BEST HARLEY-DAVIDSON® MOTORCYCLE CHOICES FOR WOMEN
When women come in to Dallas Harley-Davidson® in Garland, whether they're seasoned or beginning riders, they voice the same concern. Women have a shorter inseam than men, so seat height is important to feeling in control when riding, backing up and maneuvering in tight spaces. The good news is, there's a lot we can do to help. If there's a bike you love, we can swap out the seat to start. All our bikes can also be lowered.
H-D® is the most popular brand for almost all riders, and women are no exception. The women we've talked to report these bikes are the best for comfort, control, power and style.
- The Softail Deluxe -- The low, 24.5 inch seat height helps women with shorter legs. The bike has a low center of gravity and great suspension, with endless possibilities for customization.
- Softail Low Rider -- The 2019 Low Rider is lighter than previous models with cast wheels, LED forward lighting, an front end rake and 70s-inspired graphics. The 27 inch seat height sounds intimidating for those with shorter inseams, but its low gravity center makes all the difference.
- Sportster SuperLow -- This bike also has a low 25.5 inch seat height, making it easier to sit flat-footed. The bike itself weighs less than many of the other models, and Sportster's price makes it accessible to audiences on a limited budget.
- Sportster 1200 Custom -- This one has 20 ft-lb more torque than the 883 and only weighs about 20 lbs more.
- Harley-Davidson® Street Glide -- It looks intimidating because of its size and weight, but women riders are astounded by its superior balance and smooth handling. If you passed up Street Glide because you thought it was too much bike, look again. The seat can be lowered if the standard 26.1 inches doesn't fit your frame.
ONLINE RESOURCES FOR BEGINNING WOMEN RIDERS
When you first start riding, there's a lot to learn. The male riders in your life may know a lot about riding, but they can only help so much. They don't communicate like women, and they don't know what it's like for a woman to learn how to ride.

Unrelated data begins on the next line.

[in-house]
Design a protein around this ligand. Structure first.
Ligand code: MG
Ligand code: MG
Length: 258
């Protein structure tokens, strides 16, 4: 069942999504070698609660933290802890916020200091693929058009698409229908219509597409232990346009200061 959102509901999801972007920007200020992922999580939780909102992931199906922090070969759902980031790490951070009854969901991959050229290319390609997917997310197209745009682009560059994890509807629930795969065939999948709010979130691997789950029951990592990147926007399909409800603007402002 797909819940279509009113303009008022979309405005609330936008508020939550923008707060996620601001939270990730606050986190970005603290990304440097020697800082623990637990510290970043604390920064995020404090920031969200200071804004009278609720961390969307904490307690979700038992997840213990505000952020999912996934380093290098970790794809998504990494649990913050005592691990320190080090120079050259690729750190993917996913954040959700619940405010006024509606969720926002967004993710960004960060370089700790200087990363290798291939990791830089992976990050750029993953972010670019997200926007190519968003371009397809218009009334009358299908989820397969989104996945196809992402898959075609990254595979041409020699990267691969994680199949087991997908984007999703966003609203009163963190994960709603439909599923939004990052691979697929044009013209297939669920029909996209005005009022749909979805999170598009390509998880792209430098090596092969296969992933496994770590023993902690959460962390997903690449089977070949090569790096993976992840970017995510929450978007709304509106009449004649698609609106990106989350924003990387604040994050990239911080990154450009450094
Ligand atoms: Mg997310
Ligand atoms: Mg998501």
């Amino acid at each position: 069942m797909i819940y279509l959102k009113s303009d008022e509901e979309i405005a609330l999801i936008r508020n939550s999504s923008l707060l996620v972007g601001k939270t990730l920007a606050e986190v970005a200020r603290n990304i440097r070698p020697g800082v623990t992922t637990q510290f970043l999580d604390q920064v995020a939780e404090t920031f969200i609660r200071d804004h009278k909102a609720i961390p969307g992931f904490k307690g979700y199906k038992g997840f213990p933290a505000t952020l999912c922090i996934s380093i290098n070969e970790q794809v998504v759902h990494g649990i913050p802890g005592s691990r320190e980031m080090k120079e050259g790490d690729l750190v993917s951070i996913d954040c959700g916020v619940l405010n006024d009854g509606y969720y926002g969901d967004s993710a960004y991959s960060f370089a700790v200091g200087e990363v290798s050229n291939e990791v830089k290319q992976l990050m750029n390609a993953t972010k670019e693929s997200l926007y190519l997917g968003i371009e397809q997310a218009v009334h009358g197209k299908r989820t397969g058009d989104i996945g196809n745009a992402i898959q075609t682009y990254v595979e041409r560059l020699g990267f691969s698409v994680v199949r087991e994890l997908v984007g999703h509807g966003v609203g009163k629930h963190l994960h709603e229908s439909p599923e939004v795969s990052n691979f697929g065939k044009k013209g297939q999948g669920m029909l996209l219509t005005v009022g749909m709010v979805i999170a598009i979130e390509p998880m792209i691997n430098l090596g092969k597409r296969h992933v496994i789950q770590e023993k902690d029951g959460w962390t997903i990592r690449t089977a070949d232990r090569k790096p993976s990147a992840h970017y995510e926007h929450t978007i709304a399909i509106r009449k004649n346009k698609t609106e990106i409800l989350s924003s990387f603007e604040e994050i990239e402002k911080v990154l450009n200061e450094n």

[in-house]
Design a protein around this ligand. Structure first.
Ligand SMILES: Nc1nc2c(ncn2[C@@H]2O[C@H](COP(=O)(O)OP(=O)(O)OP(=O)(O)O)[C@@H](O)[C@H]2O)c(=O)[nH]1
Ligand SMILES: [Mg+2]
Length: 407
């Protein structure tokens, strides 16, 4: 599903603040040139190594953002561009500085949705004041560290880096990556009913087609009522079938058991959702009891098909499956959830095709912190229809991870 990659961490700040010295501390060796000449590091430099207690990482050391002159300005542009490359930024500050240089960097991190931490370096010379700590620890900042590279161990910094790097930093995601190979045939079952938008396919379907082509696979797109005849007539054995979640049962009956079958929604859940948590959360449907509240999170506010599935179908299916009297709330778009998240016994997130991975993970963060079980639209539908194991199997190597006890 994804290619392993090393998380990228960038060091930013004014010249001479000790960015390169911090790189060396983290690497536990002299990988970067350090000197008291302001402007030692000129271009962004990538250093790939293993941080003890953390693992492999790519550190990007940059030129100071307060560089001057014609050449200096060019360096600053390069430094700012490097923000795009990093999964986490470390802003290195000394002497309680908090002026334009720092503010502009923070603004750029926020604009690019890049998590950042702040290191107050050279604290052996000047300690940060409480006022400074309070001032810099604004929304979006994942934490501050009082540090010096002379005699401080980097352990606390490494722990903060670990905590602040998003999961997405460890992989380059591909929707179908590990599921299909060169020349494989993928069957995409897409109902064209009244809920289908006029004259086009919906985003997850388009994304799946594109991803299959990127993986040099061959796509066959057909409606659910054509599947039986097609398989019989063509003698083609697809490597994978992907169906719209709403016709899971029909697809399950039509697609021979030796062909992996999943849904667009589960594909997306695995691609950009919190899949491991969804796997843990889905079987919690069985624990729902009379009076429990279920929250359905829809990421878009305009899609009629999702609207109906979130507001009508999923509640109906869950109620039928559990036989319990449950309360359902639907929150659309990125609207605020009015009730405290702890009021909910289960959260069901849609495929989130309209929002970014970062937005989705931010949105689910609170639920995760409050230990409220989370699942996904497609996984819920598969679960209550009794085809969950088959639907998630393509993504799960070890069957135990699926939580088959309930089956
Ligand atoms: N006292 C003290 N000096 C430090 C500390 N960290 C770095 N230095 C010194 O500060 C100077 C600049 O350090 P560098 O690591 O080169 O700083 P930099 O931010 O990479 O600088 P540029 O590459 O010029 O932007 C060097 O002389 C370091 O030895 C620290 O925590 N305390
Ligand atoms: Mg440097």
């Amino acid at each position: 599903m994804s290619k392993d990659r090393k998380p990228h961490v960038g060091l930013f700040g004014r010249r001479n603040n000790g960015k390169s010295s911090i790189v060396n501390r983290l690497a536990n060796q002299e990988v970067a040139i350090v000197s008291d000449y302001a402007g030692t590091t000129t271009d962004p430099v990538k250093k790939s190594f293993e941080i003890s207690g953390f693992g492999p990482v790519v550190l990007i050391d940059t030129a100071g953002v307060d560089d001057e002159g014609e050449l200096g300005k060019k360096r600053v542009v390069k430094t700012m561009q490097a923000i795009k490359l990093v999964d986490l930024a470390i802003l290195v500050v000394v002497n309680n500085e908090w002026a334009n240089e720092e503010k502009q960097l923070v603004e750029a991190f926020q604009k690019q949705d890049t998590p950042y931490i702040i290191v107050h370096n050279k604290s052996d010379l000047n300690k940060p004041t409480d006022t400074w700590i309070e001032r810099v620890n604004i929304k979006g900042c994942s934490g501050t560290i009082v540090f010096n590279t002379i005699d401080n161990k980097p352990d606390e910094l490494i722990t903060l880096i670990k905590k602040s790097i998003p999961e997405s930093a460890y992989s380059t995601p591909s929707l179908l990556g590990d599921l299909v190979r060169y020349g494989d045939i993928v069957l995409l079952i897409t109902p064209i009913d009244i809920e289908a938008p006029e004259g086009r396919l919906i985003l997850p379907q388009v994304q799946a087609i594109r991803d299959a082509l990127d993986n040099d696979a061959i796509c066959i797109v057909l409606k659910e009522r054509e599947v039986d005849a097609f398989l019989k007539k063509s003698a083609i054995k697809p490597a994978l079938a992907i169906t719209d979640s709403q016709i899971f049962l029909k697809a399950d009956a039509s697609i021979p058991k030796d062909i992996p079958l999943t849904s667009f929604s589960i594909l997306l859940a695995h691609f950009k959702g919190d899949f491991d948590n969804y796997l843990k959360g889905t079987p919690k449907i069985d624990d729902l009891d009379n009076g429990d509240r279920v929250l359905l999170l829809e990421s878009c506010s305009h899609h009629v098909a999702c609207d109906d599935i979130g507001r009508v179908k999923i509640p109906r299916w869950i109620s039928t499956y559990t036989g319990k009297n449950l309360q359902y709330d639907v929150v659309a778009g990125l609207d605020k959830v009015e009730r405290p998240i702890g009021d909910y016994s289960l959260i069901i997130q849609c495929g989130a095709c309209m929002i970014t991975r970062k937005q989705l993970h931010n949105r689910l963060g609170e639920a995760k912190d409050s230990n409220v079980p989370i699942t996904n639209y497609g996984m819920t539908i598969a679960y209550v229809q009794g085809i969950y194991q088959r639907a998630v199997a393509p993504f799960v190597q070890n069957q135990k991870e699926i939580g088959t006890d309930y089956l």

Many of us learn best by talking to other women, and online forums are a great place to do it. Here are a few of our favorite online resources:
Women Riders Now is an online magazine that provides resources like a Beginner's Guide, newsletter and motorcycling statistics.
Open Road Girls is a Facebook group with more than 30,000 members who love to talk about motorcycles. If you need advice on improving your riding skills, customizing your bike, making a motorcycle purchase or how to avoid helmet hair, this is where to go. Plus, when you join you'll see drool-worthy bike photos in your feed every day.
Global Motorcycle Adventures of Women Riders is an inspiring Facebook group that will make you want to explore new horizons. Even if you spend most your time on the streets of Dallas, you can join these women on their adventures around the world. And check out this article on the women steering Harley-Davidson® into new territory.
DALLAS RESOURCES FOR WOMEN RIDERS
The Dallas Harley Owner's Group meets regularly to help all riders improve their skills. If you're still mastering slow speed maneuvers, this is the place to go. Find out about their schedule and upcoming practice events on their Facebook page. You'll need your motorcycle license and a bike to start, but it's free to learn, and you'll get connected with a supportive community.
At Dallas Harley-Davidson® we're not just here to sell motorcycles, every member of our staff embraces the Harley® lifestyle. We love nothing better than to talk about bikes. If you're picking your first motorcycle, we'll show you some of the best models for your frame. If you've been riding a while and you're looking for an upgrade, we can help. And as everyone in the Dallas area knows, whether you're a rider or a passenger we're the best place to get genuine Harley-Davidson® apparel.
So now it's your turn. If you're a woman rider, what were some of the biggest challenges you faced when learning to ride? What resources helped? Let us know in the comments.
Writer Missy Ticer rides an Iron 883 Sportster. She loves all things Harley.